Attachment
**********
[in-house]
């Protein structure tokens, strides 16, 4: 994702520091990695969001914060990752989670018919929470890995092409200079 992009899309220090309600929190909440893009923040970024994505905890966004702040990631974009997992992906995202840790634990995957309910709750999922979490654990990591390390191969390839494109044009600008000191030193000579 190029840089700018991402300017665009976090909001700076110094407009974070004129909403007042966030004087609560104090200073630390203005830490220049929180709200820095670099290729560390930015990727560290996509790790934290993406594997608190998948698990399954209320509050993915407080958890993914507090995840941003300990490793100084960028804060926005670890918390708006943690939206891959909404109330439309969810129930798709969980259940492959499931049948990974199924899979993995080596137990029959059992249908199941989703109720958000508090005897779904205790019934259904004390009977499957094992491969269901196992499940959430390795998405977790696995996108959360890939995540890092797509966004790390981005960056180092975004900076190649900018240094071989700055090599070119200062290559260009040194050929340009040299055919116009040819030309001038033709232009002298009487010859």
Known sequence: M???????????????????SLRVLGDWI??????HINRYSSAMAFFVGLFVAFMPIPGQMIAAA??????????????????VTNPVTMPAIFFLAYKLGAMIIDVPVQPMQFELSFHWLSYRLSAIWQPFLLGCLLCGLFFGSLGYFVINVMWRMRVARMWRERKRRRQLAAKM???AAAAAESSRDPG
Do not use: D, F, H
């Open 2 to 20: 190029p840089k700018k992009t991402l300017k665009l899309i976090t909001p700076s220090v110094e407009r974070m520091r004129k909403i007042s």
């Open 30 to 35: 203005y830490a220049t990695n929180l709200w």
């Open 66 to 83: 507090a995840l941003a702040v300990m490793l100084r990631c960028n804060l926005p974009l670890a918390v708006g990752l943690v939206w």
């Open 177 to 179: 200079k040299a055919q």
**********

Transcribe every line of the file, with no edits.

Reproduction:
[in-house]
């Protein structure tokens, strides 16, 4: 994702520091990695969001914060990752989670018919929470890995092409200079 992009899309220090309600929190909440893009923040970024994505905890966004702040990631974009997992992906995202840790634990995957309910709750999922979490654990990591390390191969390839494109044009600008000191030193000579 190029840089700018991402300017665009976090909001700076110094407009974070004129909403007042966030004087609560104090200073630390203005830490220049929180709200820095670099290729560390930015990727560290996509790790934290993406594997608190998948698990399954209320509050993915407080958890993914507090995840941003300990490793100084960028804060926005670890918390708006943690939206891959909404109330439309969810129930798709969980259940492959499931049948990974199924899979993995080596137990029959059992249908199941989703109720958000508090005897779904205790019934259904004390009977499957094992491969269901196992499940959430390795998405977790696995996108959360890939995540890092797509966004790390981005960056180092975004900076190649900018240094071989700055090599070119200062290559260009040194050929340009040299055919116009040819030309001038033709232009002298009487010859």
Known sequence: M???????????????????SLRVLGDWI??????HINRYSSAMAFFVGLFVAFMPIPGQMIAAA??????????????????VTNPVTMPAIFFLAYKLGAMIIDVPVQPMQFELSFHWLSYRLSAIWQPFLLGCLLCGLFFGSLGYFVINVMWRMRVARMWRERKRRRQLAAKM???AAAAAESSRDPG
Do not use: D, F, H
């Open 2 to 20: 190029p840089k700018k992009t991402l300017k665009l899309i976090t909001p700076s220090v110094e407009r974070m520091r004129k909403i007042s």
């Open 30 to 35: 203005y830490a220049t990695n929180l709200w």
């Open 66 to 83: 507090a995840l941003a702040v300990m490793l100084r990631c960028n804060l926005p974009l670890a918390v708006g990752l943690v939206w």
């Open 177 to 179: 200079k040299a055919q």